by Rabbi Jeffrey Adler
One wonderful item shared by so many is the accounting that continuous study of Scripture leads to ever new insights, even after many years of reading the same Biblical text. Such an event occurred with me recently when reading the 4th chapter of Ruth, a text I have read frequently over more than 60 years of Biblical reading and study.
This familiar and heartwarming story reveals the climax of Naomi’s flight with her husband and 2 sons to Moab to escape a famine in Israel, the marriage of the sons to Moabite women, Orpah and Ruth, the death of Naomi’s husband and sons, and Naomi’s subsequent return to Israel, initially with both her daughters-in-law, then, after Orpah being persuaded to return to Moab, with Ruth alone after an emotional declaration from Ruth that she would never leave Naomi, her people, or her God.
One important sideline of the story is that the famine is, to at least to some extent, discipline from Adonai. The book of Judges, as well as much of the Biblical historical material, reveals a continuous stream of idolatry and unfaithfulness. Where God had promised great, sustained blessing and abundance with obedience, there were also promised disciplines for rebellion. One of the worst mistakes was to defy the discipline; for example, when the Babylonians invaded Judah, the Judean kings were told to “go out to the King of Babylon”, submit to him, and honor their agreements of fealty, thus accepting the discipline of Adonai until He delivered them from it. At the same time, we should note that the discipline of the Lord, even at its harshest, was never total rejection, as exemplified by the accounts of the book of Esther.
In Ruth’s 4th chapter, Boaz has come to love, respect, and honor Ruth’s faithful submission to her new life with Naomi, life in Israel, and the ways of God. He wants to marry her, redeem the estate of Naomi’s deceased husband, and raise up children to carry on the name of Ruth’s deceased 1st husband, all provided by the Torah in levirate marriage. But, there was a closer relative who, by Torah, had the 1st right and opportunity of refusal. Boaz went to meet this closer relative with the elders of Bethlehem at the city gate to offer the opportunity. While expressing initial interest in the property, the relative declines when discovering that the transaction would also include marrying Ruth. He signifies this by removing his sandal and giving it to Boaz. I have read this many times but missed a valuable insight. The very 1st promise of Messianic redemption occurred in Genesis 3:15 where Adonai tells the serpent that the rebellion newly occurred in the Garden of Eden would be undone by the “crushing of the heel” of “the seed of the woman”. Many times, such as with Moses at the burning bush and Joshua at Jericho,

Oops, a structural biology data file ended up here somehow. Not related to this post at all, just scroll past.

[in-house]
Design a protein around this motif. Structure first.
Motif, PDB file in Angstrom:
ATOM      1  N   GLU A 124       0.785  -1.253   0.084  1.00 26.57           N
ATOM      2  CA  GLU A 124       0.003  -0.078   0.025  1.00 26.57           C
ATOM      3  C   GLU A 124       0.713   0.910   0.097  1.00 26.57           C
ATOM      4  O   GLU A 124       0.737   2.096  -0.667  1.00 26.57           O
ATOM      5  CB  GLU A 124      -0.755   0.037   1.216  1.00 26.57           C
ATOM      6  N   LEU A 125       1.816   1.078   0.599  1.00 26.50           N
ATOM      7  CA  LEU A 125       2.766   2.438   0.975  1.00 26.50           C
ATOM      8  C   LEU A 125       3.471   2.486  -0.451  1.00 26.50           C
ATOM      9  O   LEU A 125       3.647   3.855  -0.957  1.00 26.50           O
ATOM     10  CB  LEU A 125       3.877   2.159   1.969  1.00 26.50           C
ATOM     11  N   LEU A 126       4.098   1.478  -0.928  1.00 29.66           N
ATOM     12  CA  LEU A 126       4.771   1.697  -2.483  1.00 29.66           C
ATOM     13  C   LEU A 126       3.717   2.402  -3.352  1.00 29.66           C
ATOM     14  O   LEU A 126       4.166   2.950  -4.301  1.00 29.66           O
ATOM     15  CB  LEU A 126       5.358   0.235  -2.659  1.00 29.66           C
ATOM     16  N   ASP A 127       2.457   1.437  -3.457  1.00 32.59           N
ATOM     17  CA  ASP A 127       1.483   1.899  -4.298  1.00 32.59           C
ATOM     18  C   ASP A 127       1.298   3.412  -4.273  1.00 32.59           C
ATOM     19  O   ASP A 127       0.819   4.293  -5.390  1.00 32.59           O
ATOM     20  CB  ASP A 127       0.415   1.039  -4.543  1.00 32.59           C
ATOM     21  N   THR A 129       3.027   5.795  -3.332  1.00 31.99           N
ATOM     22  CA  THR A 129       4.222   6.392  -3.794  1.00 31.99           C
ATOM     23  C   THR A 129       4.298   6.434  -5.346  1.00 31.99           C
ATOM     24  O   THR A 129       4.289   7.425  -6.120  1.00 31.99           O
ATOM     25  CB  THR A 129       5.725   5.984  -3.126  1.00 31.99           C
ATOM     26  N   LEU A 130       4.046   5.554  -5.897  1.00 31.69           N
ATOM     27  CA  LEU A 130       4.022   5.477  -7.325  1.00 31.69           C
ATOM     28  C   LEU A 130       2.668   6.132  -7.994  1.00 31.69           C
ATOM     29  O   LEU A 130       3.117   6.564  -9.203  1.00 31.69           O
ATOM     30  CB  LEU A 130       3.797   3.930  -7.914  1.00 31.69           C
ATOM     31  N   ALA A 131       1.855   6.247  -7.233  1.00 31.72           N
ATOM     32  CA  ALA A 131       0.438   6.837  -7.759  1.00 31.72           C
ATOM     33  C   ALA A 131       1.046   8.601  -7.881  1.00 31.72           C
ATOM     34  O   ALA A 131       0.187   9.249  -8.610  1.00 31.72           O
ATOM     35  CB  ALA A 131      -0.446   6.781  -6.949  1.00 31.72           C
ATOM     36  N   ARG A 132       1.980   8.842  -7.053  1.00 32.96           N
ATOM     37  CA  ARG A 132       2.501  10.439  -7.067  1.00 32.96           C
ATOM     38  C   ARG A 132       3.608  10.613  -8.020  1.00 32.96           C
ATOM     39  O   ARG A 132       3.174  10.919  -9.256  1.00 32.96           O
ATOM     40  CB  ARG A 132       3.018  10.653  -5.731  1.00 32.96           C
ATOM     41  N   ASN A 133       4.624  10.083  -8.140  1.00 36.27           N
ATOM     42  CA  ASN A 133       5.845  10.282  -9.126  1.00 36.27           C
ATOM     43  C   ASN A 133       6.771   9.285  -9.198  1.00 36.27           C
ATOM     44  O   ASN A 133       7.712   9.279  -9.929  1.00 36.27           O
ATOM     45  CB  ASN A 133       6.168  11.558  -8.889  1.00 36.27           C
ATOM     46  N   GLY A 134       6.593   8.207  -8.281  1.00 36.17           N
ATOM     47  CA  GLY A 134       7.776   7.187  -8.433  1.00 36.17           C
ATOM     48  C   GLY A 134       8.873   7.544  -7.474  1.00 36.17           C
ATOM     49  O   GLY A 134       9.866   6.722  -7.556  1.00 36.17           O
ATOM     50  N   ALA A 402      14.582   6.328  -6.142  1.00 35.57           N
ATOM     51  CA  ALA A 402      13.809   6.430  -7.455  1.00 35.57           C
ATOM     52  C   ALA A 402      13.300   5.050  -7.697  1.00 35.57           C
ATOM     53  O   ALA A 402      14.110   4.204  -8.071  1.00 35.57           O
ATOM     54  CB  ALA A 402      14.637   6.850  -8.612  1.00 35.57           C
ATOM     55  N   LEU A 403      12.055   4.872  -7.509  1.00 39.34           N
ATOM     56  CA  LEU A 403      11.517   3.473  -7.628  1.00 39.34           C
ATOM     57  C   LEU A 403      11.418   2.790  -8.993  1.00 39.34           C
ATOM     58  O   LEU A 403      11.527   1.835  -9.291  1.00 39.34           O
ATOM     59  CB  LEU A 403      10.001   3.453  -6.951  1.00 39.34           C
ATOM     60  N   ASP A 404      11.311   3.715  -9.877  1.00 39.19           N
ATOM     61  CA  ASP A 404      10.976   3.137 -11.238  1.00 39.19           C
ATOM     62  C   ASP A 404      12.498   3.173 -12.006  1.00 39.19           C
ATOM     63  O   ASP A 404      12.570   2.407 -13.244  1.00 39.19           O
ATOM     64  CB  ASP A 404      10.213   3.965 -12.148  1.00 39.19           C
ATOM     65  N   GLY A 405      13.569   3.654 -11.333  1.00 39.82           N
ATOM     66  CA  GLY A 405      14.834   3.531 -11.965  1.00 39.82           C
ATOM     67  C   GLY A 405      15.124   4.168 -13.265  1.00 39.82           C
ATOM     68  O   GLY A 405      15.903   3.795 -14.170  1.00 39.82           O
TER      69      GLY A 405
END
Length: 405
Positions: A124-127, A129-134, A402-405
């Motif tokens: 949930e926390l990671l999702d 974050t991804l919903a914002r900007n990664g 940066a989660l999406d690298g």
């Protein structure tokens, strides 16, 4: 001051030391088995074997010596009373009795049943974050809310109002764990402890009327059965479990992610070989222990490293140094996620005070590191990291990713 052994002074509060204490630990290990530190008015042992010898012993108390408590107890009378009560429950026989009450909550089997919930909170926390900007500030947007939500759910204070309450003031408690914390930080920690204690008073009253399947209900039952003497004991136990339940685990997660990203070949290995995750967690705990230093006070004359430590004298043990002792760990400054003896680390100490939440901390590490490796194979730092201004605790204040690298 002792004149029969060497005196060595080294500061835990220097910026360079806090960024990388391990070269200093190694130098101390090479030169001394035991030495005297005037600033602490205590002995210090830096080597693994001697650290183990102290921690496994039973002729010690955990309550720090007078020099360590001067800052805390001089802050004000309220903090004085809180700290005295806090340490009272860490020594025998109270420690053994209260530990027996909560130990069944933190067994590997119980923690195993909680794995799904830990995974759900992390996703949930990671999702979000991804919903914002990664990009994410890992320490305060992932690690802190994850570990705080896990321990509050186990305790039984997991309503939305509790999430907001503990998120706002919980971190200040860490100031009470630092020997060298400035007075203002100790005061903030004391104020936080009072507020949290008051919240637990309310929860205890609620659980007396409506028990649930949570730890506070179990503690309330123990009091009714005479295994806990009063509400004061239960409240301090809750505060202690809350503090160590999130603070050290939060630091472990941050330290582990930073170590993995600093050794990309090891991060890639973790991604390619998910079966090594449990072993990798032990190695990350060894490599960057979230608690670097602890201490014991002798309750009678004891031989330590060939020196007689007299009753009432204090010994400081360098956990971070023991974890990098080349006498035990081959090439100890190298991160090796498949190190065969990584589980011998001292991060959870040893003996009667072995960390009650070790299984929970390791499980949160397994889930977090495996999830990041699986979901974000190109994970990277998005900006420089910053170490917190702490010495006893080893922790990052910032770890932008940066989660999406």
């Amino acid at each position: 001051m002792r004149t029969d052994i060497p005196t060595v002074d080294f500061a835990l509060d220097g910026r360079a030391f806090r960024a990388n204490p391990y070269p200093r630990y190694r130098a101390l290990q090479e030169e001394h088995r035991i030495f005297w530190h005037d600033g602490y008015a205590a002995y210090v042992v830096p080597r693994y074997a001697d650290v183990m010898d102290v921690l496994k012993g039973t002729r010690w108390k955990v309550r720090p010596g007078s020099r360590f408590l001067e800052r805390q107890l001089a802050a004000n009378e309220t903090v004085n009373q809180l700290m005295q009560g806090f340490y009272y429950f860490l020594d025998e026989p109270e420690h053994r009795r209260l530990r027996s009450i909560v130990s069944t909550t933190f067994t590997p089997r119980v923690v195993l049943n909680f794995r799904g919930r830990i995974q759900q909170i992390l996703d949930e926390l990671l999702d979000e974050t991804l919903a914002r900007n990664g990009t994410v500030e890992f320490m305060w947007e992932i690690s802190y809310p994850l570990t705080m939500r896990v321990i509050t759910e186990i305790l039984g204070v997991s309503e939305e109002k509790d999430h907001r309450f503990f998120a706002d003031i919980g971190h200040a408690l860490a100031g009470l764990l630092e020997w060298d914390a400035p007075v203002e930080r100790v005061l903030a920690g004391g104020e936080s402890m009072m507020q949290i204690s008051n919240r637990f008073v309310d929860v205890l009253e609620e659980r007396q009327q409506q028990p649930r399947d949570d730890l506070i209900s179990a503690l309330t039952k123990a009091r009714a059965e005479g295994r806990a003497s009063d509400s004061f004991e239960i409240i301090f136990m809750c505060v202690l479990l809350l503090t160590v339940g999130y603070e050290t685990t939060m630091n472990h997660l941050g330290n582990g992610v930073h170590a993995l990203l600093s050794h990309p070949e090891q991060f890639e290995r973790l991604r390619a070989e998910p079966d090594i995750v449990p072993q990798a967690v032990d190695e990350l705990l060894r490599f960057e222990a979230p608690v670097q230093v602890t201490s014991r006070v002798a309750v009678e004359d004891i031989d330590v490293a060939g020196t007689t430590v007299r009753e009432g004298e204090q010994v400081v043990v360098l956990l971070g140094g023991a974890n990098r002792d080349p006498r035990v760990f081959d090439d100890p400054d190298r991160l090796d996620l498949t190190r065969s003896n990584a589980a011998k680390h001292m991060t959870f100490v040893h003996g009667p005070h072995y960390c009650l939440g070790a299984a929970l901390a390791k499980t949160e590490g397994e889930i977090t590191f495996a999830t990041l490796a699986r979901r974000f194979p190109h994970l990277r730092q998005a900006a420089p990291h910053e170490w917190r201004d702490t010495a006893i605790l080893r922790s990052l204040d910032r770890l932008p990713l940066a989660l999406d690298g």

God instructed to remove their sandals. This was also the provision of the Torah when declining the opportunity of levirate marriage. By doing this, the individual was exposing his heel, foreshadowing the sacrifice of “seed of the woman”. He was declining the opportunity to redeem, yielding to God’s provided Redeemer. Also, “aqev’, “heel”, is the root for “Yaacov”, “Jacob”, who, when born, clung to his twin brother’s heel. The reference to the heel implicates the line of Jacob, Israel, as the redemptive line. This action by the relative clears the way for Boaz, who marries Ruth, opening new vistas of life and joy for Naomi.
Ruth conceives and gives birth to a son and names him Obed, “servant”. In Isaiah 42, 49, 50, and 53, the Messiah is referred to as the “Servant of Adonai”. Ruth, a foreigner accepted into Israel’s life and covenant, has become so through the loving redemption of Boaz made possible by the exposure of a heel. She gives birth to a son named “servant” who becomes a predecessor of the ultimate “Servant”, the Messiah, Yeshua, as well as David and the entire kingly line of Israel.
Lastly, when Naomi becomes the loving, grandmotherly babysitter for Ruth and Obed, the women of Bethlehem come to celebrate with her. They exult, “Blessed be Adonai, Who has not left you without a “goel” (Redeemer) today.” That prescient statement reminds us that our Jewish people have a Redeemer, the Jewish Messiah Whose heel being crushed has renewed us from the famine of sin and restored us to life eternal!
Rabbi Jeffrey Adler is president of the Board of HaShomer and also Rabbi of Sha’arey Yeshua in Indianapolis, IN. He is also a frequent guest on WGNR-FM 97.9 Moody Radio Indianapolis. Check out his congregation website: shaareyyeshua.org
by Rabbi Jeffrey Adler